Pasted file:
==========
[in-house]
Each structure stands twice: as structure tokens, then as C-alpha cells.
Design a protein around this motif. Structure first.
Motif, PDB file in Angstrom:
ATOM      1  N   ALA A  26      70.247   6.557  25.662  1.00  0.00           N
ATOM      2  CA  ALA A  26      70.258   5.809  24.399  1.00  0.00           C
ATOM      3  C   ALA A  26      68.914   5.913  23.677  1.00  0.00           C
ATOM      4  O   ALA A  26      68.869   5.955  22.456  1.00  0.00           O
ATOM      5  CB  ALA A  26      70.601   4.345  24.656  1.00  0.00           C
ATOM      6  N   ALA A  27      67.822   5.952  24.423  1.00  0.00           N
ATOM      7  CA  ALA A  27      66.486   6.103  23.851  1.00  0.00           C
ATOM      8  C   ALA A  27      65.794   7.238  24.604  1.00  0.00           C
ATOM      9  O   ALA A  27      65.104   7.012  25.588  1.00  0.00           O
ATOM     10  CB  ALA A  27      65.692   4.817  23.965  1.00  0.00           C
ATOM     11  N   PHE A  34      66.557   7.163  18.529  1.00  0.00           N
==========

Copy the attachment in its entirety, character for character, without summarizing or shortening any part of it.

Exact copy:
[in-house]
Each structure stands twice: as structure tokens, then as C-alpha cells.
Design a protein around this motif. Structure first.
Motif, PDB file in Angstrom:
ATOM      1  N   ALA A  26      70.247   6.557  25.662  1.00  0.00           N
ATOM      2  CA  ALA A  26      70.258   5.809  24.399  1.00  0.00           C
ATOM      3  C   ALA A  26      68.914   5.913  23.677  1.00  0.00           C
ATOM      4  O   ALA A  26      68.869   5.955  22.456  1.00  0.00           O
ATOM      5  CB  ALA A  26      70.601   4.345  24.656  1.00  0.00           C
ATOM      6  N   ALA A  27      67.822   5.952  24.423  1.00  0.00           N
ATOM      7  CA  ALA A  27      66.486   6.103  23.851  1.00  0.00           C
ATOM      8  C   ALA A  27      65.794   7.238  24.604  1.00  0.00           C
ATOM      9  O   ALA A  27      65.104   7.012  25.588  1.00  0.00           O
ATOM     10  CB  ALA A  27      65.692   4.817  23.965  1.00  0.00           C
ATOM     11  N   PHE A  34      66.557   7.163  18.529  1.00  0.00           N